Putting the past behind you

  • Friday, April 25, 2014

Added a new bumper sticker on my car: “got goats?” I welcome two additions to my therapeutic and oh so funny farm, MerryGoat2 and Rio. I had a bumper sticker that I had printed saying, “Don't let yesterday use up today!”

Think about how often we hang on to grudges, hurt and resentment. Research and common sense tells us that it is simply not good for us (US!) and that if you are a Christian, especially in the Easter season, you are ignoring the commandment to forgive. Just for your information, when Jesus prayed in agony in Gethsemane the night before his crucifixion, he took on the sins of the world – not just ours, but those who hurt us as well.

To not forgive is literally an insult to what the Savior did for us all. Religious, spiritual or not – it is important to know that forgiveness does not mean you condone the actions of the offending party.


Dear Liz,

My sisters and I are all just uncovering a long-time family secret that two of us were sexually abused as children by our stepfather. We are in our 40s now. We've all had bouts of depression and anxiety and issues in our marriages.

It came out during counseling of our youngest sister. Luckily, her counselor helped us sit down together and piece together that part of our past. As painful as that was (and we are all seeking counseling now), it has been worth it. Our biggest issue that we agree is keeping us stuck, however, is the forgiveness part. Help.

“Stuck”

Dear “Stuck,”

Congratulations on facing one of life's greatest, hurtful, confusing challenges and seeking help through counseling and support from one another. One out of every four girls and one out of every five boys have been sexually abused in some manner or another before the age of 18. And it IS fixable.

The prognosis is really good when you seek help with a competent, licensed professional who is experienced in this issue and knows how to walk you through to wholeness – including what to do with certain family relationships and how to protect others who may still be at risk. (For great information, go to “From Darkness to Light” at www.d2l.org. Or simply google the name). About forgiveness. It is a process, just like your counseling, and it involves having the faith to slowly remove the power that person had to hurt you. As I said above, belief in God is a huge help, because it gives you comfort, hope, direction – a more stable future. Forgiveness – true forgiveness – involves letting go of the bitterness, fear, “they should haves” and all the other internal dialogue that keeps us stuck. An issue like sexual abuse is huge and obvious. People question, “Why forgive a person who can do such a horrible thing?”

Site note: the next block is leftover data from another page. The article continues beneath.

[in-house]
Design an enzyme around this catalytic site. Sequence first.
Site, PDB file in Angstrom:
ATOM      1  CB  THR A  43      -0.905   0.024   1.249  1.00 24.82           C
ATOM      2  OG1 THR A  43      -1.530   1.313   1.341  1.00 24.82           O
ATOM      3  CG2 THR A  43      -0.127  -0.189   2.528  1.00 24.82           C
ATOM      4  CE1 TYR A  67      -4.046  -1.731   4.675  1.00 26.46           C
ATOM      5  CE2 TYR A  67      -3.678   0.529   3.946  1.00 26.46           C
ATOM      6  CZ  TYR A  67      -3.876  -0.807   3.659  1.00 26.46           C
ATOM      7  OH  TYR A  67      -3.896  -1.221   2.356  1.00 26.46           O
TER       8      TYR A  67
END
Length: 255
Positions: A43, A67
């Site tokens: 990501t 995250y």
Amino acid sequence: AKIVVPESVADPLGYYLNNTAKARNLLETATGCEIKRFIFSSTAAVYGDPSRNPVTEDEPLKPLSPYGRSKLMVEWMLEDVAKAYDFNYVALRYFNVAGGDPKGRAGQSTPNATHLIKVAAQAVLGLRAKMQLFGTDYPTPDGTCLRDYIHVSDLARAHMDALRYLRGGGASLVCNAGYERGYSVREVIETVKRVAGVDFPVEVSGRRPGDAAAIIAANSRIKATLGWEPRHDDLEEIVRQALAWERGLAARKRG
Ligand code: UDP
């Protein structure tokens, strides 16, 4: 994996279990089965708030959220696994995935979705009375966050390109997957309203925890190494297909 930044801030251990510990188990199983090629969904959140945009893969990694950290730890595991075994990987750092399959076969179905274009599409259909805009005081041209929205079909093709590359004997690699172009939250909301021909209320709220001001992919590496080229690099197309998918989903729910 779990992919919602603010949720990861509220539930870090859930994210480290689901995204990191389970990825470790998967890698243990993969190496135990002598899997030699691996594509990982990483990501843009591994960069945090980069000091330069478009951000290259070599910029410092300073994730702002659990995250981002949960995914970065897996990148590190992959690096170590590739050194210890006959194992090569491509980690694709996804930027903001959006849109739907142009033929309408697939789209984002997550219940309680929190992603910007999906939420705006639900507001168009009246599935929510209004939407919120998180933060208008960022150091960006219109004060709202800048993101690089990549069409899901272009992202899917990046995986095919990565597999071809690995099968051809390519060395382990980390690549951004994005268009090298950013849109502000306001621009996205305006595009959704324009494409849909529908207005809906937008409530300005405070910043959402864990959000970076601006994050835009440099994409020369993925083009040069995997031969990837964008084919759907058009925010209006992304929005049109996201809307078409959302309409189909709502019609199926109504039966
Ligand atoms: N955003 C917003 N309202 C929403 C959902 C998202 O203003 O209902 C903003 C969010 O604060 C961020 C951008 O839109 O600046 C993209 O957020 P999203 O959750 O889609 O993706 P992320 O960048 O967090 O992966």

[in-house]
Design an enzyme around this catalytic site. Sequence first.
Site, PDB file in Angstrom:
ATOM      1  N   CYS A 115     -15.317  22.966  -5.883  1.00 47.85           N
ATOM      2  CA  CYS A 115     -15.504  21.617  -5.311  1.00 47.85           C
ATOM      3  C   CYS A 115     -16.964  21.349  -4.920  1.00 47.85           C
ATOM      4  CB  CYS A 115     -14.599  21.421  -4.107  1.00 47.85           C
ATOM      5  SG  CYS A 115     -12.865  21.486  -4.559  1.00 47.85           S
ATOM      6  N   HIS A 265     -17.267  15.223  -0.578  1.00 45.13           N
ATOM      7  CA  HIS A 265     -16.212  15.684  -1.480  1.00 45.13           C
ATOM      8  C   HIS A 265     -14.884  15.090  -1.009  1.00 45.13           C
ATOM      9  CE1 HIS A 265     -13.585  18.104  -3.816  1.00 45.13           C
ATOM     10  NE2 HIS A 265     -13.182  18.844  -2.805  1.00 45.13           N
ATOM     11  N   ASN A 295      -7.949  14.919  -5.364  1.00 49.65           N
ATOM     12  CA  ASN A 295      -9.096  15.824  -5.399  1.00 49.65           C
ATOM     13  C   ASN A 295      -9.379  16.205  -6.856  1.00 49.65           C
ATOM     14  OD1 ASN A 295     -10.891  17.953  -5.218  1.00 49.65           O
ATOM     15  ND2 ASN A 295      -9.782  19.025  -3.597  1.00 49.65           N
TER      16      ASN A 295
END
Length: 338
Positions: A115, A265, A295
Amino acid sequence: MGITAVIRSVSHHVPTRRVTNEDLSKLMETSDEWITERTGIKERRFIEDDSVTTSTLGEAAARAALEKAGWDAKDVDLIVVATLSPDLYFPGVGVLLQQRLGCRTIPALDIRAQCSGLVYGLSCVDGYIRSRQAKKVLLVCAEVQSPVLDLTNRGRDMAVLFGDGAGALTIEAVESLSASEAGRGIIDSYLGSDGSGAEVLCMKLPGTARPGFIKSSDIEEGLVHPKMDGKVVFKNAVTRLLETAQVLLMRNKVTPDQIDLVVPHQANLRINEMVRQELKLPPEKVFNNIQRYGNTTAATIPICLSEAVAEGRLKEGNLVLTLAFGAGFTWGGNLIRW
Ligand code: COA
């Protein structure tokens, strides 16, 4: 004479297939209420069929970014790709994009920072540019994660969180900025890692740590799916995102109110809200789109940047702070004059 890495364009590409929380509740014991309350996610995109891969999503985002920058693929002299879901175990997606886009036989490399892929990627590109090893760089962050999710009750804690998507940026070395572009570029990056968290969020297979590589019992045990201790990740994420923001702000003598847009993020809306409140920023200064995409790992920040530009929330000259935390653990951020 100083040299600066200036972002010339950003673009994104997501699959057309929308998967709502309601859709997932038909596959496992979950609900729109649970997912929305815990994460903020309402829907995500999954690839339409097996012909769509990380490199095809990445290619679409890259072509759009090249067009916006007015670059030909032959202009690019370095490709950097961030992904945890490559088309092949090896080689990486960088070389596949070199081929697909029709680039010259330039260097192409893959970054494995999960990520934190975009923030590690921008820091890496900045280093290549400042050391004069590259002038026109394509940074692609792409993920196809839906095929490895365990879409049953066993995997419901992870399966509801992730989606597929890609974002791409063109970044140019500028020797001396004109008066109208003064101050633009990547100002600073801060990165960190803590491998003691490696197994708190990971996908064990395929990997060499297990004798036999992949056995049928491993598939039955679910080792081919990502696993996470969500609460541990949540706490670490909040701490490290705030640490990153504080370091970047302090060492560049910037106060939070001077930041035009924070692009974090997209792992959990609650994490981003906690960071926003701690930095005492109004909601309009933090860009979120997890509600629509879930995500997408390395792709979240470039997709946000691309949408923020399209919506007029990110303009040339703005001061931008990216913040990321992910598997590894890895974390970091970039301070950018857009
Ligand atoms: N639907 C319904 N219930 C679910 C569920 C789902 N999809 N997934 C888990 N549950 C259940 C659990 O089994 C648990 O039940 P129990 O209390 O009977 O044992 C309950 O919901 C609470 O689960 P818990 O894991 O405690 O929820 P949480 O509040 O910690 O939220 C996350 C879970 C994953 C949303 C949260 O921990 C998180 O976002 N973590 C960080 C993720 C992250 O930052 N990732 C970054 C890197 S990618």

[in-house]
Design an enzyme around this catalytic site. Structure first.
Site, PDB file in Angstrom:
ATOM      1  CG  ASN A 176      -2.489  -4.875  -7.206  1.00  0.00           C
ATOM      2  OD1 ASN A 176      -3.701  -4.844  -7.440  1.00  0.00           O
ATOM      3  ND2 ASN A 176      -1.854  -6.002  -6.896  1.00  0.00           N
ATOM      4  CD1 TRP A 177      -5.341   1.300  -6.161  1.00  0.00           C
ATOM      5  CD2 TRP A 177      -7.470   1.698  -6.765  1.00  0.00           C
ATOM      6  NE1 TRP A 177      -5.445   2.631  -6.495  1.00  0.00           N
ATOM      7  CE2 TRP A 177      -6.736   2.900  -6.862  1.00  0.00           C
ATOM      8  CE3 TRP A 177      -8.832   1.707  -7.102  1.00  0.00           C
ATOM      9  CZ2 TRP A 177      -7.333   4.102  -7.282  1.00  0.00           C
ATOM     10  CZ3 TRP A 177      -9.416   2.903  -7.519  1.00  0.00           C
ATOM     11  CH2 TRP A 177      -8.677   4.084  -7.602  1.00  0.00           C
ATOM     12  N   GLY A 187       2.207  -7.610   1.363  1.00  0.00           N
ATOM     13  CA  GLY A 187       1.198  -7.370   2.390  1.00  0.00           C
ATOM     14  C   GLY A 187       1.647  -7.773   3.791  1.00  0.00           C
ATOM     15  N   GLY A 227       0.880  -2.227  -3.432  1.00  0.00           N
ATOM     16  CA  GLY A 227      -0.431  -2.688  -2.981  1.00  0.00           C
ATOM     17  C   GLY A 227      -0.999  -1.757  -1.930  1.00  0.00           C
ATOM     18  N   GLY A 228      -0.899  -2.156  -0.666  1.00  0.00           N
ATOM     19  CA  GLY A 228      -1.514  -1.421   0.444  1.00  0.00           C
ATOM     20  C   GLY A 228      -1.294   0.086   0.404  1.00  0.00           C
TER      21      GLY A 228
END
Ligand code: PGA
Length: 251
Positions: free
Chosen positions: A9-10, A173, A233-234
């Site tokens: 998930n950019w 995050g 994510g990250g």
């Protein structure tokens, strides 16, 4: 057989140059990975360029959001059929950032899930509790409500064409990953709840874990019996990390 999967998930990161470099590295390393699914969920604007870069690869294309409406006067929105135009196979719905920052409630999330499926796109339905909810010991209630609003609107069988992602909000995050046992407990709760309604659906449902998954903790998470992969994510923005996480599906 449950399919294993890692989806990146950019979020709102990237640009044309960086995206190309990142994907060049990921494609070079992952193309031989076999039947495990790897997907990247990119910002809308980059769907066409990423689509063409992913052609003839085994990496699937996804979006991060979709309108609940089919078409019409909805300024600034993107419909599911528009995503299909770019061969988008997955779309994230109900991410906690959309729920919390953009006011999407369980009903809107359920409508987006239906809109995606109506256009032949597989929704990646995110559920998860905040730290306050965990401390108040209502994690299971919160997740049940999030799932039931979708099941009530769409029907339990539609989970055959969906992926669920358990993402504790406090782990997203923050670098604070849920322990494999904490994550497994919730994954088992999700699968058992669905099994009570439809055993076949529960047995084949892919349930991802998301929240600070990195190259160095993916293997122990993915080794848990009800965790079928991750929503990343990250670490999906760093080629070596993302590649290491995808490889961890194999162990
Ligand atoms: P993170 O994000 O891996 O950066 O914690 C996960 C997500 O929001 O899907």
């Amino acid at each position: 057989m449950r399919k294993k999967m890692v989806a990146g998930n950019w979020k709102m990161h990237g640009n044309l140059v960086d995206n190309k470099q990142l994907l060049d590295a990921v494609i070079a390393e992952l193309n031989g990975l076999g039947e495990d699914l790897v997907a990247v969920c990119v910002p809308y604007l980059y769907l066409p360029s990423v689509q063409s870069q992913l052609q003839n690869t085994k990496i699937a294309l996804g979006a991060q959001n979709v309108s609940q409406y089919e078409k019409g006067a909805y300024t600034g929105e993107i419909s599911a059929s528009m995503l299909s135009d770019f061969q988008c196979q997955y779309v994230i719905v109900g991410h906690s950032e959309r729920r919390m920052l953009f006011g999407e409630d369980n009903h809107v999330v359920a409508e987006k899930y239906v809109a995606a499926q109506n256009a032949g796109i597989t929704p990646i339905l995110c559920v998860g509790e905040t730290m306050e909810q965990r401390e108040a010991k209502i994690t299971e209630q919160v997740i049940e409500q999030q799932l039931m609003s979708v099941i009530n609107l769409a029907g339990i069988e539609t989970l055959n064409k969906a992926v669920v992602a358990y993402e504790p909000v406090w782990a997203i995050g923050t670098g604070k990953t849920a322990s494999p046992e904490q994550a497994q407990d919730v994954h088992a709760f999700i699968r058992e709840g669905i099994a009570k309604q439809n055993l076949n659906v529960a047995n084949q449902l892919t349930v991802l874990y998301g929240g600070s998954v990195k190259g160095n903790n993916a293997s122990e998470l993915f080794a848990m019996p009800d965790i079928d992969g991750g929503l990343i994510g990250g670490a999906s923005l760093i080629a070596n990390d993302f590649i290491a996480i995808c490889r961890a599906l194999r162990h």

Holding onto that negative energy is BAD for YOUR mental, physical and spiritual well-being. Hatred doesn't hurt the other person, it only eats you alive. And, as mentioned above, it is a commandment (for our own good and a test of faith that the Lord will deal with the offending person). In Mark 11:26, it says, “But, if you don't forgive, neither will your Father in heaven forgive your wrongdoing.” Some would say, “Yeah, but, I don't go around sexually abusing innocent children.” Understood. Google the “power of forgiveness” and you will find countless inspiration. It is a final point to freedom from the past. Again, it helps you succeed at the healthy goal of “Don't let yesterday use up today!” Best wishes as you unravel all that this entails and embrace healing and wholeness!


Dear Liz,

My husband never says, “I'm sorry,” for hardly anything. Is it so hard? His rationale is “Why do I need to apologize when what I did was an accident? I didn't mean to hurt you.” Or worse, he claims that what he said couldn't have hurt me. How can I tell him how much that hurts extra? I want him to care about my feelings at least a little.

“Hurt”


Dear “Hurt,”

I've said it before and I'll say it again. Women need to feel heard – and especially that their feelings matter (whether you feel the same way or not). Things escalate when you don't extend a simple, “I'm sorry that hurt your feelings.” And learn to mean it. You both will be so much happier! And you won't create the scenario where the woman gets louder and louder just to get a really simple, loving statement from you! “Sorry honey” goes a long way. And then we, the injured party, have to let it go unless we are in true danger. Please seek help. It sounds like your husband is discounting you, which is one of the underpinnings of an abusive relationship.


Please send questions to asksharpliz@gmail.com. Liz Brisacher Sharp is a Masters-level Licensed Professional Counselor in private practice with 35 years experience in mental health including serving as a school counselor and mediator.

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